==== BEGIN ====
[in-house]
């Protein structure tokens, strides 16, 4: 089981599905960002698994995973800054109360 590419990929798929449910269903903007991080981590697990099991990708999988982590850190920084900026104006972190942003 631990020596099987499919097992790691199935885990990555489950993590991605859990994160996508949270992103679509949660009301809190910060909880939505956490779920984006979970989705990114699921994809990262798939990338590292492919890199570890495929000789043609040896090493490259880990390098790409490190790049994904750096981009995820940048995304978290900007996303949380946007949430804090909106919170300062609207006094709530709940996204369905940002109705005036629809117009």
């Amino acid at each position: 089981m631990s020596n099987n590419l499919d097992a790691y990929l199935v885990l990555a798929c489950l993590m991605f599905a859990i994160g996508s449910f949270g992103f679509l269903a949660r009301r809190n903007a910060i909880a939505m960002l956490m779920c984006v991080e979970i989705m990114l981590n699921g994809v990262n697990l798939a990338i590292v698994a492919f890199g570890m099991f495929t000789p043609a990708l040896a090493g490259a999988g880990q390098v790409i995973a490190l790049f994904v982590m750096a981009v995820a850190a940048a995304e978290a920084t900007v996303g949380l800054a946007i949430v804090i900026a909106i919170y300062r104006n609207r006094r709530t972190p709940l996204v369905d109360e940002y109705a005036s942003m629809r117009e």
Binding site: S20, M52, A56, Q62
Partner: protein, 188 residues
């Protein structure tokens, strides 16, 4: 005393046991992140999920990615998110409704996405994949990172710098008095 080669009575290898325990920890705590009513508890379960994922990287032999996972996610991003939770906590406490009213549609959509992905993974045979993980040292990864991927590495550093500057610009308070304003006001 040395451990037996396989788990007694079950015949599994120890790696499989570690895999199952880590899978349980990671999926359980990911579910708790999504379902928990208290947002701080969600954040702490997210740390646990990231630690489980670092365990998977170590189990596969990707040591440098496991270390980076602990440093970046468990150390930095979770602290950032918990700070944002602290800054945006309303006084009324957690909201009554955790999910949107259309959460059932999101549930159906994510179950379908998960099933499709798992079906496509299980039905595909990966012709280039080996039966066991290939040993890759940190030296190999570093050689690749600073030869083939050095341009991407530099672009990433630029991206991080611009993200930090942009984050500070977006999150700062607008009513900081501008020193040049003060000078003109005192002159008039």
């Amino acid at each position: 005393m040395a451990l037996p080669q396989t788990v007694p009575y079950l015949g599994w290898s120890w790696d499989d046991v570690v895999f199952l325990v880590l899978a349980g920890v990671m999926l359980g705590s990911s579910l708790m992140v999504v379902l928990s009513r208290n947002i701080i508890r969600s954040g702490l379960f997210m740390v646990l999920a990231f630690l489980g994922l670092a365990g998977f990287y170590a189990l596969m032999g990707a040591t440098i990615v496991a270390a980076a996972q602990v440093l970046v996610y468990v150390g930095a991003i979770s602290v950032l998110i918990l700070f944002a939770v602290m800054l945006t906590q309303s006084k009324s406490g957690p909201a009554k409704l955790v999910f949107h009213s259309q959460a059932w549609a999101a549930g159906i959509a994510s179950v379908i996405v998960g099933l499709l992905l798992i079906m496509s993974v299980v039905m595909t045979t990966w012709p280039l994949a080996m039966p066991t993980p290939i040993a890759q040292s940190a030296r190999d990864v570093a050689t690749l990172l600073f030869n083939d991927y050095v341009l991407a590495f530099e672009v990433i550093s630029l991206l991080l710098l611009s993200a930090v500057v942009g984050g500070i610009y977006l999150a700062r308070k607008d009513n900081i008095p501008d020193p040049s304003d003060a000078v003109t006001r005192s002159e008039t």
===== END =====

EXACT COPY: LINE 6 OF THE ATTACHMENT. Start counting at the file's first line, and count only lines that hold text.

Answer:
């Protein structure tokens, strides 16, 4: 005393046991992140999920990615998110409704996405994949990172710098008095 080669009575290898325990920890705590009513508890379960994922990287032999996972996610991003939770906590406490009213549609959509992905993974045979993980040292990864991927590495550093500057610009308070304003006001 040395451990037996396989788990007694079950015949599994120890790696499989570690895999199952880590899978349980990671999926359980990911579910708790999504379902928990208290947002701080969600954040702490997210740390646990990231630690489980670092365990998977170590189990596969990707040591440098496991270390980076602990440093970046468990150390930095979770602290950032918990700070944002602290800054945006309303006084009324957690909201009554955790999910949107259309959460059932999101549930159906994510179950379908998960099933499709798992079906496509299980039905595909990966012709280039080996039966066991290939040993890759940190030296190999570093050689690749600073030869083939050095341009991407530099672009990433630029991206991080611009993200930090942009984050500070977006999150700062607008009513900081501008020193040049003060000078003109005192002159008039």